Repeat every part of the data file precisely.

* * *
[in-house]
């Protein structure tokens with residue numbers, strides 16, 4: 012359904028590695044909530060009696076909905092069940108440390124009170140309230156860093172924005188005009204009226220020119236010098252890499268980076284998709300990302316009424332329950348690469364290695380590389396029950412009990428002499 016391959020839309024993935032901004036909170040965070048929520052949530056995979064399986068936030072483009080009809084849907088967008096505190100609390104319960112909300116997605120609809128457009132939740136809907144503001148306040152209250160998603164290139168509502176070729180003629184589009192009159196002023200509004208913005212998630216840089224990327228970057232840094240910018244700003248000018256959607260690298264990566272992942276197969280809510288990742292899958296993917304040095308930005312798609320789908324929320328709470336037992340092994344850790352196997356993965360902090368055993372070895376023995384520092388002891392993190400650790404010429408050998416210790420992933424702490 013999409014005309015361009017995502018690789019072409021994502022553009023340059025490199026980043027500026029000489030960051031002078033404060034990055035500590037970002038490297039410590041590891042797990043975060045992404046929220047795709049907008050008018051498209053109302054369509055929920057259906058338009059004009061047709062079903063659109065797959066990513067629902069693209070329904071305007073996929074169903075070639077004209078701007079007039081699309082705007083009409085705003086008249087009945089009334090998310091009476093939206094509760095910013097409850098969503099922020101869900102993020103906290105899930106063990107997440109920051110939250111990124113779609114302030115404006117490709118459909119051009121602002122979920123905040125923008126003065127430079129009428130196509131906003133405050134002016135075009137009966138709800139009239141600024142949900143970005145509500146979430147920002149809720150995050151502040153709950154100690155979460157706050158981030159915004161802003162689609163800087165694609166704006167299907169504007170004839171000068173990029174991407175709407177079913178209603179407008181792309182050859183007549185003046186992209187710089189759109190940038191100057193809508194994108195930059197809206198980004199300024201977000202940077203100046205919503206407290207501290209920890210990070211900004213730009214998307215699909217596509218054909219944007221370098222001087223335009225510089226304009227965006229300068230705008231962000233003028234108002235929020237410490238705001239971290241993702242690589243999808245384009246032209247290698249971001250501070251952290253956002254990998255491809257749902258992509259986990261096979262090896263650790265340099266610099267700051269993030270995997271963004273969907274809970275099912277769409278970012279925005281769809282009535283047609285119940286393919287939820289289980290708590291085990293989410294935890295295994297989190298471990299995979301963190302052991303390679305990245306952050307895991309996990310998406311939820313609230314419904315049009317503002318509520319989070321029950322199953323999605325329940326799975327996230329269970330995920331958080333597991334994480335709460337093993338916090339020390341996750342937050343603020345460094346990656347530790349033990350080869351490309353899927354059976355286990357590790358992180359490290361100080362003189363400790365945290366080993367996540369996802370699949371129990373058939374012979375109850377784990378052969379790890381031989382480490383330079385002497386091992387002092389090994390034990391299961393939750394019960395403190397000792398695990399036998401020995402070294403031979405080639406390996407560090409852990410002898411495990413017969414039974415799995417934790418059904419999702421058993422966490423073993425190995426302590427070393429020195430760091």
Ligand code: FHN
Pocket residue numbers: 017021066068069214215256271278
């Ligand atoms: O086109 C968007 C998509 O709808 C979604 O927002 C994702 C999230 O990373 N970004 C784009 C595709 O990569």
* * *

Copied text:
[in-house]
């Protein structure tokens with residue numbers, strides 16, 4: 012359904028590695044909530060009696076909905092069940108440390124009170140309230156860093172924005188005009204009226220020119236010098252890499268980076284998709300990302316009424332329950348690469364290695380590389396029950412009990428002499 016391959020839309024993935032901004036909170040965070048929520052949530056995979064399986068936030072483009080009809084849907088967008096505190100609390104319960112909300116997605120609809128457009132939740136809907144503001148306040152209250160998603164290139168509502176070729180003629184589009192009159196002023200509004208913005212998630216840089224990327228970057232840094240910018244700003248000018256959607260690298264990566272992942276197969280809510288990742292899958296993917304040095308930005312798609320789908324929320328709470336037992340092994344850790352196997356993965360902090368055993372070895376023995384520092388002891392993190400650790404010429408050998416210790420992933424702490 013999409014005309015361009017995502018690789019072409021994502022553009023340059025490199026980043027500026029000489030960051031002078033404060034990055035500590037970002038490297039410590041590891042797990043975060045992404046929220047795709049907008050008018051498209053109302054369509055929920057259906058338009059004009061047709062079903063659109065797959066990513067629902069693209070329904071305007073996929074169903075070639077004209078701007079007039081699309082705007083009409085705003086008249087009945089009334090998310091009476093939206094509760095910013097409850098969503099922020101869900102993020103906290105899930106063990107997440109920051110939250111990124113779609114302030115404006117490709118459909119051009121602002122979920123905040125923008126003065127430079129009428130196509131906003133405050134002016135075009137009966138709800139009239141600024142949900143970005145509500146979430147920002149809720150995050151502040153709950154100690155979460157706050158981030159915004161802003162689609163800087165694609166704006167299907169504007170004839171000068173990029174991407175709407177079913178209603179407008181792309182050859183007549185003046186992209187710089189759109190940038191100057193809508194994108195930059197809206198980004199300024201977000202940077203100046205919503206407290207501290209920890210990070211900004213730009214998307215699909217596509218054909219944007221370098222001087223335009225510089226304009227965006229300068230705008231962000233003028234108002235929020237410490238705001239971290241993702242690589243999808245384009246032209247290698249971001250501070251952290253956002254990998255491809257749902258992509259986990261096979262090896263650790265340099266610099267700051269993030270995997271963004273969907274809970275099912277769409278970012279925005281769809282009535283047609285119940286393919287939820289289980290708590291085990293989410294935890295295994297989190298471990299995979301963190302052991303390679305990245306952050307895991309996990310998406311939820313609230314419904315049009317503002318509520319989070321029950322199953323999605325329940326799975327996230329269970330995920331958080333597991334994480335709460337093993338916090339020390341996750342937050343603020345460094346990656347530790349033990350080869351490309353899927354059976355286990357590790358992180359490290361100080362003189363400790365945290366080993367996540369996802370699949371129990373058939374012979375109850377784990378052969379790890381031989382480490383330079385002497386091992387002092389090994390034990391299961393939750394019960395403190397000792398695990399036998401020995402070294403031979405080639406390996407560090409852990410002898411495990413017969414039974415799995417934790418059904419999702421058993422966490423073993425190995426302590427070393429020195430760091």
Ligand code: FHN
Pocket residue numbers: 017021066068069214215256271278
């Ligand atoms: O086109 C968007 C998509 O709808 C979604 O927002 C994702 C999230 O990373 N970004 C784009 C595709 O990569």